Please click on the image to see enlarged version of the finished recipe.

This is a good recipe for our Middle White belly and it also works well with the small roasting joints from the shoulder, leg and belly which come in our Huntsham Special Box and our Summer Box – they will need an extra 10 minutes cooking time. Middle White pork needs an accompaniment which cuts through the richness of the meat – see my Lemon and Herb Rice recipe. It makes a good summer dish served with a crisp salad. At this time of year, I put one together with Romaine lettuce, wild garlic leaves, plenty of sliced radishes, cucumber and a few pomegranate seeds with a simple French dressing.
Servings: 4 people


  • 1 Middle White Pork belly boned and rolled – it will weigh about 1.25kg
  • 2 large bulbs Florence fennel
  • 150 ml inexpensive dry white wine
  • 1 sherry glass of Pernod (or similar aniseed flavoured tincture)
  • 1 tbsp  light olive oil
  • 4 cloves  garlic
  • 1 lemon
  • 1 zest of lemon
  • 1 sprig of thyme
  • A couple of bay leaves
  • Salt and pepper
  • 250 g basmati or other good quality long grain rice
  • Good bunch each of parsley, tarragon and chives
  • 2 knobs unsalted butter
  • Squeeze of lemon juice
  • Salt and pepper


  • Pre-heat the oven to 220℃ – you need it nice and hot for the crackling.
  • Dry the pork, particularly the skin, thoroughly with kitchen paper. This is very important – our Middle Whites produce wonderful crackling but the skin needs to be really dry for best results. Slather on the oil and sprinkle on plenty of sea salt. Put into a hot oven.
  • Remove any fronds from the fennel bulbs and cut into quarters. Peel and slice the garlic cloves. Remove the zest from the lemons with a potato peeler and squeeze the juice from one of them.
  • Check the meat after 15 minutes – it will have begun to turn gold and harden but you may need to turn it to so that it browns evenly. After it has been in the oven for a total of 20-25 minutes and it nicely burnished, remove it from the oven and take the meat out of the roasting tin. Tip off the surplus fat (keep it in a jar in the fridge – it makes wonderful roast potatoes).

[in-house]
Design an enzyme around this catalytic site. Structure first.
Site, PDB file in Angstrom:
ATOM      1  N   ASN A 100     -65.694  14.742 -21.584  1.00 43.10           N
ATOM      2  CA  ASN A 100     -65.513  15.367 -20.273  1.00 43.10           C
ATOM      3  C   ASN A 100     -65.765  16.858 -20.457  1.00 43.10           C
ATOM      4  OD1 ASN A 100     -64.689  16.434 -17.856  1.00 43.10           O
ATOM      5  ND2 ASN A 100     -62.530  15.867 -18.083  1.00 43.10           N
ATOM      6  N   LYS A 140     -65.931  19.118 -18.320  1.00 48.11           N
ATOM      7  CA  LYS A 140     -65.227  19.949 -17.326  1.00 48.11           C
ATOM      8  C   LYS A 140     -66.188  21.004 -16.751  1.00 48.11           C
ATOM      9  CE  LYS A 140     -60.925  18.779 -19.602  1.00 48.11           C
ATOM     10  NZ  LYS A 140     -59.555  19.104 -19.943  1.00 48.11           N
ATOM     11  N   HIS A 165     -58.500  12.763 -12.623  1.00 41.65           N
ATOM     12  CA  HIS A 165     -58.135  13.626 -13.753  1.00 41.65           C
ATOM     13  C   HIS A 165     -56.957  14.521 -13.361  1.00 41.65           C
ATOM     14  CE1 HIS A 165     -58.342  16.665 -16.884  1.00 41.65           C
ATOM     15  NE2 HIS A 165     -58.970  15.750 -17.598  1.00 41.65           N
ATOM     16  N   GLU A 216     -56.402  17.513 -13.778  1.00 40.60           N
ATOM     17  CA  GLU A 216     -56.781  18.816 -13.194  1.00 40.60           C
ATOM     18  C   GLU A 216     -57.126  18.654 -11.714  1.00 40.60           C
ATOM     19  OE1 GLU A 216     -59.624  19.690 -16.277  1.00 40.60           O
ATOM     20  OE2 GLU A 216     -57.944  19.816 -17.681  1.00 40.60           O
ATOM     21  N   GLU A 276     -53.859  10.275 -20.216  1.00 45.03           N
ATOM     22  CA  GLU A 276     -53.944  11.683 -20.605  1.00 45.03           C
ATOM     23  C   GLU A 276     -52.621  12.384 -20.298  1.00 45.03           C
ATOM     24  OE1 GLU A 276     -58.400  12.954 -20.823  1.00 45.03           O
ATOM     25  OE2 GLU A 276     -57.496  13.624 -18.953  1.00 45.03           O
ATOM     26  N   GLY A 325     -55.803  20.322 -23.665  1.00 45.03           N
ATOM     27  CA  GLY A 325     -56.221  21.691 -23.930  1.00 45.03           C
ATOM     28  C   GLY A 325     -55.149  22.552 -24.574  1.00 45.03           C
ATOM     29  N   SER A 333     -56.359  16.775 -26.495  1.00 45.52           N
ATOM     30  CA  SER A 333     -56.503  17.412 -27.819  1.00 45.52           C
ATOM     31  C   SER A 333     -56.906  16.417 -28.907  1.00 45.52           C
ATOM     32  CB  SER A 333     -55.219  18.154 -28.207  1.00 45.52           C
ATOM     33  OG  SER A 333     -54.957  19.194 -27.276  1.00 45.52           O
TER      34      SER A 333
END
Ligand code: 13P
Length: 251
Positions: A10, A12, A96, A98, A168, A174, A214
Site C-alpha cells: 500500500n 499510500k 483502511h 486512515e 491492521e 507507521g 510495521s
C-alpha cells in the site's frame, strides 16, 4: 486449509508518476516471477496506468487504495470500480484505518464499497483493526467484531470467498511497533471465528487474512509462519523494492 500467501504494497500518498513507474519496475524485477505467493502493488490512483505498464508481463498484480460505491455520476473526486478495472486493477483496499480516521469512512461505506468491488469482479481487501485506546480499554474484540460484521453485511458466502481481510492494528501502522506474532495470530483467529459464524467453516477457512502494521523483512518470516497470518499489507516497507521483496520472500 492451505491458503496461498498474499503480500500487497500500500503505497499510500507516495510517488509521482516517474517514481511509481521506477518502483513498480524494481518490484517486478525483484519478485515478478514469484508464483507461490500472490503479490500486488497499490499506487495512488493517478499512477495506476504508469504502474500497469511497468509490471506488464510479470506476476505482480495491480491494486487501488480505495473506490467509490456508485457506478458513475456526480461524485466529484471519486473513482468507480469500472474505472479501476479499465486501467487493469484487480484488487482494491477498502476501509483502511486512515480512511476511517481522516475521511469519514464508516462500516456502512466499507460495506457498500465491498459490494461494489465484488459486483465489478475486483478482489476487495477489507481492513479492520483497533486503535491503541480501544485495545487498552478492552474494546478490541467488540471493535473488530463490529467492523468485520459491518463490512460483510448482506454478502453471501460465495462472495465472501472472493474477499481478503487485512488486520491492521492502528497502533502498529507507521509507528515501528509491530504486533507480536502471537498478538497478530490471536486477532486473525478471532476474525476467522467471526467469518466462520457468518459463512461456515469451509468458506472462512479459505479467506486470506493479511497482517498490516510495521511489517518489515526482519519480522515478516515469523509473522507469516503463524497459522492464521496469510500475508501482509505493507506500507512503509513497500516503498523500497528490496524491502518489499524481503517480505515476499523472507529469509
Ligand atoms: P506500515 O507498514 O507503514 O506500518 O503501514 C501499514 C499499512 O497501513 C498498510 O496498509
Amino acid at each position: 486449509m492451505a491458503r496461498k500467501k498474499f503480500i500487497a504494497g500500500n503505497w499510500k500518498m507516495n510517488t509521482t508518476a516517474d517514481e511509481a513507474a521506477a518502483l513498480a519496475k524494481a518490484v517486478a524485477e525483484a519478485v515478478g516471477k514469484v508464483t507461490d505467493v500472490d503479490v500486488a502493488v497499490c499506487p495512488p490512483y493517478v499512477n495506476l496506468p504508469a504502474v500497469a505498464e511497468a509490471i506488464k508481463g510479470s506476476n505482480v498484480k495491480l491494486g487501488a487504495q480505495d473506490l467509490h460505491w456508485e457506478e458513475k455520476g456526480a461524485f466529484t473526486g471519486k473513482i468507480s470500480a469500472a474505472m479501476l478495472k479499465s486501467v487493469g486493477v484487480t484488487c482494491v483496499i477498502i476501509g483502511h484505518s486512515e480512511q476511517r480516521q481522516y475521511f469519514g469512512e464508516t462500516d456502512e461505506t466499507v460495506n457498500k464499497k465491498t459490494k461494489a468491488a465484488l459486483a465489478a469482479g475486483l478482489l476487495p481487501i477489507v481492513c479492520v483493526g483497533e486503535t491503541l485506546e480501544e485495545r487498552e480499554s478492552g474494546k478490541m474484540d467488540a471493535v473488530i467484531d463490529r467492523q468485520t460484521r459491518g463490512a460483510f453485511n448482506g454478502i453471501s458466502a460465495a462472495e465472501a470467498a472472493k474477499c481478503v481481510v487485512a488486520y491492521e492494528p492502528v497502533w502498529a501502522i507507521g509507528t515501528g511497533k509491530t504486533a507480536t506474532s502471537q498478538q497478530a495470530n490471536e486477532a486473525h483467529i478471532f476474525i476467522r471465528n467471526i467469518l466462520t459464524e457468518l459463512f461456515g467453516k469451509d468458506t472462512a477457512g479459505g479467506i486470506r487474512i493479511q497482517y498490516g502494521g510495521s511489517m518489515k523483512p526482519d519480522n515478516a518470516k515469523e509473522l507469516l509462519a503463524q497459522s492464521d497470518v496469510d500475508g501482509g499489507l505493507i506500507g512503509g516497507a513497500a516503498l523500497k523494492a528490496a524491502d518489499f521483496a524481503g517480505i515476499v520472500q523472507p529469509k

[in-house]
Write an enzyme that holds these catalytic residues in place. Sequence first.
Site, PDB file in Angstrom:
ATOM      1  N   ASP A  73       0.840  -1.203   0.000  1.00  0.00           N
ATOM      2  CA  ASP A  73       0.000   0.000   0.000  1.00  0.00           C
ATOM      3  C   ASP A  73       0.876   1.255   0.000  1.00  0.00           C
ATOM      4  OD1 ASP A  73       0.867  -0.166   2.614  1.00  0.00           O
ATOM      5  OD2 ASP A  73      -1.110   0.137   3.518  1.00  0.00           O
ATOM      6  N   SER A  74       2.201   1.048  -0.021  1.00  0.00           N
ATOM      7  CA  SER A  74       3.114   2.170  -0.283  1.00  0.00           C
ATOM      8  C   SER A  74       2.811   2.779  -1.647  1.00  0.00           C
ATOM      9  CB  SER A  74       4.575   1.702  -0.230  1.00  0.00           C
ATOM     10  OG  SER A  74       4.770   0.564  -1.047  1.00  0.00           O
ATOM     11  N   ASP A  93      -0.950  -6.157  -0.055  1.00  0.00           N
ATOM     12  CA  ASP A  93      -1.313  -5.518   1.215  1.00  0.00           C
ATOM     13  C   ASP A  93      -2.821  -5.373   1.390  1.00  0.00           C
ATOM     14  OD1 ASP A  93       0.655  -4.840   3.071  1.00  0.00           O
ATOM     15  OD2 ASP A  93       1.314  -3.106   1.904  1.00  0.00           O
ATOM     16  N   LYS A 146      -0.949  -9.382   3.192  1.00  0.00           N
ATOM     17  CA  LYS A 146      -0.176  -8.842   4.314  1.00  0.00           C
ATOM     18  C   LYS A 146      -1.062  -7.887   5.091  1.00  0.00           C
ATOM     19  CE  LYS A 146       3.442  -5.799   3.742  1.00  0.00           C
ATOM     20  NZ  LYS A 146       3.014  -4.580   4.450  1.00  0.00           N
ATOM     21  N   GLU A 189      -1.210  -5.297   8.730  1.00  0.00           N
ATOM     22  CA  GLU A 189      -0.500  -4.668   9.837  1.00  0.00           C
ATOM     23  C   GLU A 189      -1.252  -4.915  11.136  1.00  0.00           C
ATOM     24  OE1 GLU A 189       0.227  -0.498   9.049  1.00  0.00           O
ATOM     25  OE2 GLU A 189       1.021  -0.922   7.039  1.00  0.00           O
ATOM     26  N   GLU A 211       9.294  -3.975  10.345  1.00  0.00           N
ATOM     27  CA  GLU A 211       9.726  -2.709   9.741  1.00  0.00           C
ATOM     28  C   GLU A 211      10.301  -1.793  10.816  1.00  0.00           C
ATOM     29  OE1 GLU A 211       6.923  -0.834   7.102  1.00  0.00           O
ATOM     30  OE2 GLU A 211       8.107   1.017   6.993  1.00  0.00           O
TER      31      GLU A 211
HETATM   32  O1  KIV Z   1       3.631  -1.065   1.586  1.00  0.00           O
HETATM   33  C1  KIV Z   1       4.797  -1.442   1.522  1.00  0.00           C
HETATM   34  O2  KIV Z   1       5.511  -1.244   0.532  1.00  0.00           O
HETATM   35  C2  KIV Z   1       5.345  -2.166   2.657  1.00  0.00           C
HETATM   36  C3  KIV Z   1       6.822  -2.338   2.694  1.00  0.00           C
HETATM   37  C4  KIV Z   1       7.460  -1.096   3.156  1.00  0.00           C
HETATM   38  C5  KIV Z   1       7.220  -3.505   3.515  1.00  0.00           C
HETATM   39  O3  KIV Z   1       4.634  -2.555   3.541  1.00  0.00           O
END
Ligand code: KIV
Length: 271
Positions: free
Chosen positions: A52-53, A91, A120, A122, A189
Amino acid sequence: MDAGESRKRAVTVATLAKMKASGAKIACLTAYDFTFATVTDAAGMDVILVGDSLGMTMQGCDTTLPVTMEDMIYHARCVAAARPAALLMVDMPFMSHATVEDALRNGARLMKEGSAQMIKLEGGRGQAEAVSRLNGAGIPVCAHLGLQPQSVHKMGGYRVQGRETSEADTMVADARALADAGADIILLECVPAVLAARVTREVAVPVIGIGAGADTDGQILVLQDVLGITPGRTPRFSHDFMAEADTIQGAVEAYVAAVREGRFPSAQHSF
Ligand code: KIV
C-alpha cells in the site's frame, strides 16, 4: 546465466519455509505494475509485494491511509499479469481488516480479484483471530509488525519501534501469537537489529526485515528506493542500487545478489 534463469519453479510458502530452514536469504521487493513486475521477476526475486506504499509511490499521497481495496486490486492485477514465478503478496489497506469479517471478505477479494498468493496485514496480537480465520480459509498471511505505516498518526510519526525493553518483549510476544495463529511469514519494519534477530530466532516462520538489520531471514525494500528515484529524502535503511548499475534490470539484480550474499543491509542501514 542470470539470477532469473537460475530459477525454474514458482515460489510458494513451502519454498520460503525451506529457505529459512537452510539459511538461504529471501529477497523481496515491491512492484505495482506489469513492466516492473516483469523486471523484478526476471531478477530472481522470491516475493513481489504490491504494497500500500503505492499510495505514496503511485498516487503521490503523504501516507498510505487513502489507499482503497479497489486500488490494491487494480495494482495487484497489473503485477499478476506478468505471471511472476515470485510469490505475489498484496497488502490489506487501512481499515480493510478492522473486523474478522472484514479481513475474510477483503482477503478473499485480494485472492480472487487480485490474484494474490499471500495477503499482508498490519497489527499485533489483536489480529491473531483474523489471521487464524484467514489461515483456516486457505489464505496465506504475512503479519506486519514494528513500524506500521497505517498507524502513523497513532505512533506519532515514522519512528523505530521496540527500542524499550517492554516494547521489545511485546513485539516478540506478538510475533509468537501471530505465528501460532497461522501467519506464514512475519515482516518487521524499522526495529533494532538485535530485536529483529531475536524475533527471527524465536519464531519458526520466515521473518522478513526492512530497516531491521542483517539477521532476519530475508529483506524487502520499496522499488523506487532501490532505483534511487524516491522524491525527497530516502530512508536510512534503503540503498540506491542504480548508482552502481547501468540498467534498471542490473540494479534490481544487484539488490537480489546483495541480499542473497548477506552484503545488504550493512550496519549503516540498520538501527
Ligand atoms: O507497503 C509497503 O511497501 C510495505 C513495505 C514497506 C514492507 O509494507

• Put the roasting pan on the hob and tip in the Pernod and wine, allowing them to bubble up, and scraping up any crispy residue. Put the pork (and any juice that has come out of it) back into the pan and tuck the fennel quarters in around it. Add the garlic, bay leaves, thyme, lemon juice and season.
  • Reduce the heat of the oven slightly (to about 200℃) and cook for a further 40 minutes or until the pork juices just run clear – Middle White pork is best served lightly cooked.
  • Remove the pork and dish the fennel round it. Some fresh thyme and bay leaves are a nice touch for serving. Taste the juice in the pan and adjust the seasoning if necessary. Bring it to the boil and either serve in the meat dish or separately.
    Order Middle White Pork

Lemon and Herb Rice

  • Bring a large pan of well-salted water to the boil. Meanwhile, wash the rice well in a sieve under cold running water to remove as much of the starch as possible. When the water is boiling hard, tip in the rice and bring back to the boil. Cook for 11 minutes from that point.
  • Meanwhile snip the chives into small pieces, remove the leaves from the tarragon and chop it and the parsley together. Take a small knob of butter and thoroughly butter a pudding basin or similar.
  • When the rice is cooked, tip it into sieve and tip a kettleful of boiling water through it. Drain and tip the rice back into the warm pan and add a walnut sized knob of butter, the herbs and a squeeze of lemon juice. Taste and adjust the seasoning.
  • Pack the rice quite tightly into the buttered pudding basin and put it into a warm oven for a minute or two – just enough to melt the butter but no longer or the nice fresh taste (and colour) of the herbs will be lost. Invert the pudding basin onto a suitable sized plate and give a gentle shake to turn the rice out like a sand castle. This last step adds absolutely nothing to the taste so you can omit it if you think it is too much hassle – but it does look nice!